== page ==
The governor’s transportation task force, after its last meeting, asked all 14 of its members to rank the various potential funding sources for transportation in Idaho on everything from fairness to public acceptance, and the results show a fuel tax increase came out on top. With a 1 cent per gallon fuel tax increase, Idaho could raise $8.2 million a year for roads. The second and third top choices both were variations on a gas tax increase: ranking second was a sales tax on the fuel wholesale price, which would raise $22.5 million a year; and third was indexing the current gas tax, which is 25 cents per gallon, to inflation. If that had been done in 1996 and tied to the Consumer Price Index, Idaho would be raising $73.8 million more a year, and the tax would be up to 34 cents per gallon.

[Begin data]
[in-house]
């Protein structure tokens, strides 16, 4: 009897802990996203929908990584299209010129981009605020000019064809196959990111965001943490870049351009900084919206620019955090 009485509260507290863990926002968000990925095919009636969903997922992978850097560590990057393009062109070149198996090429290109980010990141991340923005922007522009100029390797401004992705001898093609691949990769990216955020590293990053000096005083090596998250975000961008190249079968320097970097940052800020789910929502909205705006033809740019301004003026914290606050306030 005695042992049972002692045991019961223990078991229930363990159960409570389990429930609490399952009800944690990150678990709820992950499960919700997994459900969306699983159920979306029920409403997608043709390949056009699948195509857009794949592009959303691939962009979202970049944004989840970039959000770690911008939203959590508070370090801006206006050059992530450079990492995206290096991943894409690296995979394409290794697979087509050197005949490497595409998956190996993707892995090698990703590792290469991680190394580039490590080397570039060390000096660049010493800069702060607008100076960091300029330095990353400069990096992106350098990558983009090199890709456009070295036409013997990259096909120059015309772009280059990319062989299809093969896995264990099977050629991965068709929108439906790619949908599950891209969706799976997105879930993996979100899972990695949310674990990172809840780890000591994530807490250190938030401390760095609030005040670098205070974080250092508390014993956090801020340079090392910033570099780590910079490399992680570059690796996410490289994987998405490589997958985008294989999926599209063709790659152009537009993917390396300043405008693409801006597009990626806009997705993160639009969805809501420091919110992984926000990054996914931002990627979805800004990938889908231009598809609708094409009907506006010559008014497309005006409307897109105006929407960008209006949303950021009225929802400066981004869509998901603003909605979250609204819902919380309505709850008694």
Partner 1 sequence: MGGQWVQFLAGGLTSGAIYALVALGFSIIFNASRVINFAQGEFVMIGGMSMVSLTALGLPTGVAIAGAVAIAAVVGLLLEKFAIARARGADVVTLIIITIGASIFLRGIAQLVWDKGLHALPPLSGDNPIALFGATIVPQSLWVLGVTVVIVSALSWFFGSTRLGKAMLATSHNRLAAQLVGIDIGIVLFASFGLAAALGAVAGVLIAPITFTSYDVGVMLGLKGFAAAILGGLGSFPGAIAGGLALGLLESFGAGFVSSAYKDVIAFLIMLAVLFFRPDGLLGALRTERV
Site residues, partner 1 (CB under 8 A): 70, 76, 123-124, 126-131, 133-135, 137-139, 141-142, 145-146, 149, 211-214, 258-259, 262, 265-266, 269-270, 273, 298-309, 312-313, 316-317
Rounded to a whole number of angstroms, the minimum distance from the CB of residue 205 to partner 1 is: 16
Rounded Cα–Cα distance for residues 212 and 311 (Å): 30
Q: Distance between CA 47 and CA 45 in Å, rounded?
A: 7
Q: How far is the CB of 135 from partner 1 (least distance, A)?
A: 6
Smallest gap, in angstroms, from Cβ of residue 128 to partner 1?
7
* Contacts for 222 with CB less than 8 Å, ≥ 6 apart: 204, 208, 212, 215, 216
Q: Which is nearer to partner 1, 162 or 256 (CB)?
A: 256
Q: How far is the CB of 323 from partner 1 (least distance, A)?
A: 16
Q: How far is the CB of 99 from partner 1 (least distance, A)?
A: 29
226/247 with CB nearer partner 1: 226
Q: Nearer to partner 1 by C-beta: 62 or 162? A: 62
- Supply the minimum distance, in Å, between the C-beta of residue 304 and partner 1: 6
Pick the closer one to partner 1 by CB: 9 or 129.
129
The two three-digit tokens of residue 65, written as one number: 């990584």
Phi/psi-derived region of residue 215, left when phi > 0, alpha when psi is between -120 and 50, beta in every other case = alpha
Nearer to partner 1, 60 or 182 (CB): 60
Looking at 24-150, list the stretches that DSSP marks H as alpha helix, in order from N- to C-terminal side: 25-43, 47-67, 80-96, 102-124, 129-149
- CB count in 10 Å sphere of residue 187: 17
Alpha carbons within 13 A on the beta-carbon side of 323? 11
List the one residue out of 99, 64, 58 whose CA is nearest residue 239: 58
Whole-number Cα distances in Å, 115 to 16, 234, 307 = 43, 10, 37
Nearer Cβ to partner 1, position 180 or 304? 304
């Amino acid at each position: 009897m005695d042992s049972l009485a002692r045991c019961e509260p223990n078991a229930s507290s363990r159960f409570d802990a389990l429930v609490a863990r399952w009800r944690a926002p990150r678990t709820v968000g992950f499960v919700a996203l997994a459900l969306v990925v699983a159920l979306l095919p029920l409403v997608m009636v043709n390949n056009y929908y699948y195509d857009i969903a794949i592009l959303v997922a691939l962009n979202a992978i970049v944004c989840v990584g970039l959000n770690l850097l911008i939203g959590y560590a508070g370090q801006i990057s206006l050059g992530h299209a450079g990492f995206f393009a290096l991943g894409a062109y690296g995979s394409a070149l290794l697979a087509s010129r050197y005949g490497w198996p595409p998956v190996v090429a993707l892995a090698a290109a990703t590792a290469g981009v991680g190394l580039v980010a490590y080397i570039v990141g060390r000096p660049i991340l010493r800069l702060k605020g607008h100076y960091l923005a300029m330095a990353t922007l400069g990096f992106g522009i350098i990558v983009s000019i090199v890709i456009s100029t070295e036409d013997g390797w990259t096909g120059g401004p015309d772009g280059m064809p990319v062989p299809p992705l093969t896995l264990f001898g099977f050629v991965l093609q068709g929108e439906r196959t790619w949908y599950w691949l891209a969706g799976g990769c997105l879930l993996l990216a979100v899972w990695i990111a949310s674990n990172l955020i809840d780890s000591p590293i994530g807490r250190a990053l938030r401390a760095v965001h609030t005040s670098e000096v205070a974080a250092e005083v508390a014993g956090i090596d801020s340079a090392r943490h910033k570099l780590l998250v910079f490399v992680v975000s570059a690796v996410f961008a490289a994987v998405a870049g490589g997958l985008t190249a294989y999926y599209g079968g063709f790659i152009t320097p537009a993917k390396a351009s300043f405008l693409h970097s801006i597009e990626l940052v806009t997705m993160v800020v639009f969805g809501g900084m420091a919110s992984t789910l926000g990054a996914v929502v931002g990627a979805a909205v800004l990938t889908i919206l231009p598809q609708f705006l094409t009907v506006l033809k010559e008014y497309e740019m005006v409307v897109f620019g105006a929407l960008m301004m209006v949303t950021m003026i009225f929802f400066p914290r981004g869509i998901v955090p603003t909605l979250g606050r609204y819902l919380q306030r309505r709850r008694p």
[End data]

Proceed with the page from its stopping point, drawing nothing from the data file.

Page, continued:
Ranking fourth for the task force was a new excise tax on rental car fees, to raise about $1 million a year; and ranking fifth was a three-tiered increase in vehicle registration fees, closely followed by a tiered increase in fees on heavy trucks; each would raise about $5 million a year. Ranking seventh was indexing passenger vehicle registration fees to inflation; and eighth was local-option registration fees. The top 10 proposals were rounded out by a weight-distance tax on trucks, which could raise $60 million annually; and a permit system for electric vehicles. Things like toll roads, high-occupancy toll lanes and congestion pricing weren’t ranked highly by the panel. Lt. Gov. Brad Little, the chairman, said, “From a practical standpoint as far as generating revenue in the near future, I think it’s the collective wisdom of this task force that we not spend a lot of time on ‘em. … These are revenue sources whose time has not come yet.”